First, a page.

Creating a Weekly EdTech Newsletter

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May 29, 2022 by Dr. Robbie Barber

There are many examples of newsletters out there. I did not create a Wakelet or Smore newsletter because I am not trying to provide many issues and links that faculty may or may never click on. I also needed to print a physical copy and those do not lend themselves to a one-pager. While I may read newsletters with lots of links, and often click on those links, I’m generally looking for information to share. Most of my teachers will not click on another link. They need their edtech information cut into small bite-size pieces.

Rather than send another email explaining how to do a task, consider providing a weekly newsletter. It needs to have the following features: directed focus on one idea, lots of images, clear steps, and humor.

Humor? Yes. You are trying to successfully communicate with people. Using the definition from Sanina et al. (2017), successful communication is where a person takes the expected action from another’s communique. For example, if you put out a calendar invite to a meeting and no one shows up, is it a “successful communication”? Probably not. When you communicate with your teachers, you want them to take an action. Just providing the information is usually not enough.

In order to incite action on the main point of the newsletter, I use memes to get people to LOOK AT the newsletter. Remember, just because you provide the information clearly with images does not mean anyone will read it. Period. If they don’t look at it, it’s a wasted effort. In trials I did with various staff members, 100% looked at the meme first and then glanced at the rest.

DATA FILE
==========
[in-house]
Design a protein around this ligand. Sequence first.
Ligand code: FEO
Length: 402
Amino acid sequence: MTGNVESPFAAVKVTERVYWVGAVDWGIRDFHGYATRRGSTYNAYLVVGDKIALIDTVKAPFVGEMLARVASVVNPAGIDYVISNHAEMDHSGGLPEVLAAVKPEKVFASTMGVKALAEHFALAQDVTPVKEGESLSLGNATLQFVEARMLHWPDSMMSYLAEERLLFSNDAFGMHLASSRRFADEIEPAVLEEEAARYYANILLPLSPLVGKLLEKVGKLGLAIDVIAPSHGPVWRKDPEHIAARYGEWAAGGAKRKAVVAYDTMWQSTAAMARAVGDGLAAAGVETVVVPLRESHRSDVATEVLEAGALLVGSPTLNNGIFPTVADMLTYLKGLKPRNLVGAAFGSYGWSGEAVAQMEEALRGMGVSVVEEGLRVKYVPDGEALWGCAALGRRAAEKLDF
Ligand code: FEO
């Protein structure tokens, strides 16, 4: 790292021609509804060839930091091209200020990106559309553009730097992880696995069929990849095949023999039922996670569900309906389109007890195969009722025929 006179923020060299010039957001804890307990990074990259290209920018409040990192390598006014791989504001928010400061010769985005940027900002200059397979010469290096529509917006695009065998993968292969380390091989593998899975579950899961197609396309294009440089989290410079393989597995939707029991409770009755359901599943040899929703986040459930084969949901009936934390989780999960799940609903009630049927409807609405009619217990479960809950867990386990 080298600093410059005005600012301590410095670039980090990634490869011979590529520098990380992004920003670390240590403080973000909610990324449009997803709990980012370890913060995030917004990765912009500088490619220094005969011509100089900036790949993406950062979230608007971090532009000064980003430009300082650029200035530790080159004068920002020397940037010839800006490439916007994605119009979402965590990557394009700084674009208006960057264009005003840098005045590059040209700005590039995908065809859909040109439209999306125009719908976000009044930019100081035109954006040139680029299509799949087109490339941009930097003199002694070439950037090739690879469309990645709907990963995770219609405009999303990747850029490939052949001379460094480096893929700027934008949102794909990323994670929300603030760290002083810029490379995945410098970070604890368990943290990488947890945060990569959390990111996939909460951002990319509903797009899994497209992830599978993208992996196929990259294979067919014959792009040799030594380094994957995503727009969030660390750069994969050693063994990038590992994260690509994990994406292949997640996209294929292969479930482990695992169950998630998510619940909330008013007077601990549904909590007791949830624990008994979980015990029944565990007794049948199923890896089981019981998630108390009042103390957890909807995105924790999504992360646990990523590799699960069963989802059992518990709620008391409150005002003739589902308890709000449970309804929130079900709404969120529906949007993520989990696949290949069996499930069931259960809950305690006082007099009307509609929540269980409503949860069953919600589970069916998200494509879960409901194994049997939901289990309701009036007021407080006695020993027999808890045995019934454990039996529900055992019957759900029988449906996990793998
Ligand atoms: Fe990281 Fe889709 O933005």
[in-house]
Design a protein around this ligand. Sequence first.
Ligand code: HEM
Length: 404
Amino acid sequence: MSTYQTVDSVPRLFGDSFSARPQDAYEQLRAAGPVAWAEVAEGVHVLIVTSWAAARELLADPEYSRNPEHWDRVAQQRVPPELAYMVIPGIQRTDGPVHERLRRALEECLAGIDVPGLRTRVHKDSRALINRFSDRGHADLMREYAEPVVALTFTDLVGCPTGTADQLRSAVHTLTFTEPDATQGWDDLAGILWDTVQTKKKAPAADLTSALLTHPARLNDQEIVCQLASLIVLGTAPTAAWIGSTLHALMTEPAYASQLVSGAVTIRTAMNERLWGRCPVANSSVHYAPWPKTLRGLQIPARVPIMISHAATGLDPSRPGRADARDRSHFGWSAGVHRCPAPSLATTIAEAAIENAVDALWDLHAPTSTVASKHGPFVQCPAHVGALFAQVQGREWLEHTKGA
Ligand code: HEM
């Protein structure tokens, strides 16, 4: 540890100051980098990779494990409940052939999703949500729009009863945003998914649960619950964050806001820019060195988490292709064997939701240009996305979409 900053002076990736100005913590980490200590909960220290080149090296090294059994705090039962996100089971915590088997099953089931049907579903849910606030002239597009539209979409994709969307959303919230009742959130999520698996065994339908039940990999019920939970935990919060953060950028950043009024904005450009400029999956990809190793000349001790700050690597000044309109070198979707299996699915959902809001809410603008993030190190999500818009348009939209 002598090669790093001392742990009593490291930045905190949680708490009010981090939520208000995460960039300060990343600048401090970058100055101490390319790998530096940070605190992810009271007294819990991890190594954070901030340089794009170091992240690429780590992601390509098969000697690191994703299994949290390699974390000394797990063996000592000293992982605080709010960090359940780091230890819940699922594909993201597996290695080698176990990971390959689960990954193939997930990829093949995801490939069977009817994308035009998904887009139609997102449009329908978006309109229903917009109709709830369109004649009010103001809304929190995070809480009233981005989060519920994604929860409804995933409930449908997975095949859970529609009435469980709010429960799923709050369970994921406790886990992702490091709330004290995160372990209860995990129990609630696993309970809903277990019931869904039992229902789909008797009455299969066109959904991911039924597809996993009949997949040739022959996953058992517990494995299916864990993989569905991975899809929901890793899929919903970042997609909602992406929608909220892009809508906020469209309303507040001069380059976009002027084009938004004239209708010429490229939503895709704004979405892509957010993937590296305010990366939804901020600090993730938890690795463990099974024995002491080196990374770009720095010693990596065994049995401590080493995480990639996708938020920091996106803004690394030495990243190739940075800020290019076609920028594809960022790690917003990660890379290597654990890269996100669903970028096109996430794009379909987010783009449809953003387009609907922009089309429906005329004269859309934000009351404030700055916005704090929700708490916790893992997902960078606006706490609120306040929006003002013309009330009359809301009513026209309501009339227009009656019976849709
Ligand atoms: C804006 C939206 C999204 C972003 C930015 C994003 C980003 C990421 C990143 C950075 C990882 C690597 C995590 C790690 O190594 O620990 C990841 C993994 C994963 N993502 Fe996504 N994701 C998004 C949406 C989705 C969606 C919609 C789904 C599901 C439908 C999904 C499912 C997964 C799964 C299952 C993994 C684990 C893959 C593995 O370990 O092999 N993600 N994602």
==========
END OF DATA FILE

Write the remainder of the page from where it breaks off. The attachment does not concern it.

To template or not to template, that is the question. For me, the answer is to template. I like having a consistent layout where the staff is essentially trained where to focus their eyes on different information. I created one in PowerPoint, but I could have used Google Slides, Canva, or a whole slew of available (free!) technology. One product I tried to teach the students not to use with images is Word. I am going to load the newsletter with images, and PowerPoint is designed to handle images and make them easy to move or resize. Word is designed for words and does not handle images nearly as well.

In late December, the district changed out the teachers’ desktops for a new monitor and a hub to connect their laptops. By early January, I had discovered that many faculty did not know how to set up their monitors using their laptops. This was the most printed newsletter of the year, and I found it taped on the desk of many teachers who needed the reminders.

My template now is certainly different from my first few attempts. And, looking back at 2019, I can see it’s constantly changing still. The newsletter was printed on Monday mornings and put in the staff bathrooms by a dedicated group of volunteers (that I begged). When COVID-19 hit, we were out of the building. I switched to online and sent a group (gasp!) email out every Monday morning at 7:30 a.m. with the newsletter in compressed(!) PDF format. When we returned to the building, several teachers asked me to continue to email them. And, to post them in the staff bathrooms again. Done. Never doubt that communication with your faculty and staff is a function of the quality of relationships in a school (Ärlestig, 2008) 

2019: Tissue Tabloid: Lessons Learned


Ärlestig, H. (2008). Communication between principals and teachers in successful schools. Academic dissertation, Faculty of Social Sciences, Umeå University, Sweden.

Sanina, A., Balashov, A., Rubtcova, M., & Satinsky, D. M. . (2017). The effectiveness of communication channels in government and business communication. Information Polity: The International Journal of Government & Democracy in the Information Age, 22(4), 251–266.

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